Makar Sankranti is all about grouping on terraces, cutting your rivals manjhas and taking the sport of kite flying to the Olympic levels. It is the biggest festival dedicated to the God of the Sun that also marks the harvest season. But before we continue the tradition of flying kites and eating Tilguls (Sesame seed laadoos), think again as for how well do you really know this festival.
Why is it called Makar Sankranti?
The literal meaning of Makar is Capricorn and Sankranti is movement of the Sun from one zodiac sign to another. This day marks the transition of the Sun into the zodiac sign of Capricorn on its celestial path.
It falls on the same day every year
It is the only festival that falls on the same day every year that is 14th of January. This is because it follows the solar calendar. The other festivals follow the lunar calendar which is based on the position of the moon. This cycle is disrupted only once in eight years when day is postponed by one day. The change is due to revolution. It has also been predicted that from 2050 the festival will fall on the 15th of January and occasionally on 16th. Now that is clearly something most of us are not aware of. To mark this amazing piece of information, Makar Sankranti falls on 15th of January this year!
Equal day and night
Since it is the oldest solstice festivals and falls on the equinox day, day and night are believed to be equal. Scientifically this day marks the beginning of warmer and longer days. This termination of the winter season is the beginning of a new harvest or spring season.
One festival with several names
It is a festival that is celebrated not only in India but across the entire South Asia. It is celebrated in different cultures with different customs and is therefore known by man regional names. It is known as Makar Sankranti in most of India. It is called Pongal in Tamil Nadu, Uttarayan in Gujarat, Maghi in Punjab, Bhogali Bihu in Assam and Khichdi in Uttar Pradesh. Apart from India it is also celebrated in Nepal, Thailand, Laos, Myanmar, Cambodia and Sri Lanka.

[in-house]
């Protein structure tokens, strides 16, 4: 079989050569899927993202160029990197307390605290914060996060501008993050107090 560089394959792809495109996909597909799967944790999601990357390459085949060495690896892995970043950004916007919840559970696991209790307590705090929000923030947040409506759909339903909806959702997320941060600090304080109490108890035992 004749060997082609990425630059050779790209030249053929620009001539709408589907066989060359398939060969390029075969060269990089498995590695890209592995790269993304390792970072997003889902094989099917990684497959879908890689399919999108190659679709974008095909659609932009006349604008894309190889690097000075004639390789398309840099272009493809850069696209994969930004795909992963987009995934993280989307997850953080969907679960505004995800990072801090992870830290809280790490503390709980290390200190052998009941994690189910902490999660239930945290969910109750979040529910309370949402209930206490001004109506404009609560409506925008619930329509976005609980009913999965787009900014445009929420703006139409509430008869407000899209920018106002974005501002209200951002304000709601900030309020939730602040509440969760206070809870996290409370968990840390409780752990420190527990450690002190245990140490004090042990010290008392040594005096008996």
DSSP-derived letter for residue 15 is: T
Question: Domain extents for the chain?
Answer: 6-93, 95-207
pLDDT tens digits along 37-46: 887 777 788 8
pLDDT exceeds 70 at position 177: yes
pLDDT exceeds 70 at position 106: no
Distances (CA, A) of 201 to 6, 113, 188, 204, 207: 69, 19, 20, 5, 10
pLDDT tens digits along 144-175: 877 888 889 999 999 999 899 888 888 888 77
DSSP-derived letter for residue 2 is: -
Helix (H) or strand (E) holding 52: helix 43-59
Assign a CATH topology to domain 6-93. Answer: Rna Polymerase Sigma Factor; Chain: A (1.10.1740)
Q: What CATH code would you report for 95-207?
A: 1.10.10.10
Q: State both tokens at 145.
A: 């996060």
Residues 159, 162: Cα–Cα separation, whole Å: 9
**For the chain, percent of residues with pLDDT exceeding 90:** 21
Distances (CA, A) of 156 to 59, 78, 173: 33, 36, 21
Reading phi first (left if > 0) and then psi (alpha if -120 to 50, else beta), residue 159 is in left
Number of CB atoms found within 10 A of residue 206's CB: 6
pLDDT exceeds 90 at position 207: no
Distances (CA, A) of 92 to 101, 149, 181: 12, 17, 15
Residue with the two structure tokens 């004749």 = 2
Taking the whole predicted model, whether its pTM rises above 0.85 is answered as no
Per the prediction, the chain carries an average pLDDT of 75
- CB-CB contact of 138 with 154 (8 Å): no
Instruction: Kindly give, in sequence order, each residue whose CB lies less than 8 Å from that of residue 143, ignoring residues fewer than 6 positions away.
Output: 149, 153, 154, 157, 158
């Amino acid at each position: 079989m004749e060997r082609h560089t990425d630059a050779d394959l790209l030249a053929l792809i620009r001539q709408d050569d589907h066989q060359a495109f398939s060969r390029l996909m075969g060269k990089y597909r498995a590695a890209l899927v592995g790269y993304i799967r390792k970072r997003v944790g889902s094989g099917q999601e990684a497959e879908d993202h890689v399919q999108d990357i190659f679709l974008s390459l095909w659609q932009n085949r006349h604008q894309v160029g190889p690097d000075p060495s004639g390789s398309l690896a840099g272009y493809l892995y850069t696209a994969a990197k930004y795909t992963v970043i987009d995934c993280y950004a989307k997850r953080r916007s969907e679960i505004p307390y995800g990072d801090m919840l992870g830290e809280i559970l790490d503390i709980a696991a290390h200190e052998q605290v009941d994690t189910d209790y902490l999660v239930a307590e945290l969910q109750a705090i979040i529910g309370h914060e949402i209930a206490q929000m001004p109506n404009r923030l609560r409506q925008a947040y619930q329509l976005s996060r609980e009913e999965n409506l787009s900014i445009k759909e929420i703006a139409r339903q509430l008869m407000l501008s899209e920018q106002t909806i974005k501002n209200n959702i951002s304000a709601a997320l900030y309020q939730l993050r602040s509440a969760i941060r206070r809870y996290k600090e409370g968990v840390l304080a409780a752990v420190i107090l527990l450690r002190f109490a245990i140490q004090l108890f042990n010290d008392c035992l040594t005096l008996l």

Why do we fly kites?
The festival of Makar Sankranti is quite a beneficiary to health in multiple ways. The tradition of kite flying is for a healthy exposure in the early morning Sun. These initial rays are healthy and a good source of Vitamin D. It is also considered to be good for skin and helps in fighting many infections and sickness caused by the chilly winter winds. The festival brings in a fun way of reaping these benefits by engaging in this fun activity of kite flying.
What is the significance of Tilguls?
The celebration involves exchange of Tilgul Laadoos among all. Tilgul Laadoos are sweetmeats made of sesame seeds and jiggery. It is typically derived from Maharashtrian culture that is followed by saying, “Tilgul ghya ani goad goad bola” which translates to “eat these sesame seeds and jaggery and speak sweet words”. The distribution of sweets signifies bonding and forgetting ill past and simply spreading sweetness. The scientific importance of these sweets is that sesame seeds help in keeping the body warm and provide good amount of oil that is essential to provide moisture during winter.
Marks a start of pilgrimages
In many parts of the country, Makar Sankranti marks the time of pilgrimages. In Uttar Pradesh it is the beginning of Kumbh Mela whereas in Kerala it is the end of Shabrimala. People all over the country consider this day as holy and take a dip in holy rivers as it is believed to cleanse them of their sins.
After a fun and thoughtful read on this culturally rich festival, let us also keep in mind that the use of manjhas in flying kites is equally dangerous. The sharp strings are harmful enough to cause a deep concussion to humans as well as birds. Free Press Journal wishes you a Happy and safe Makar Sankranti!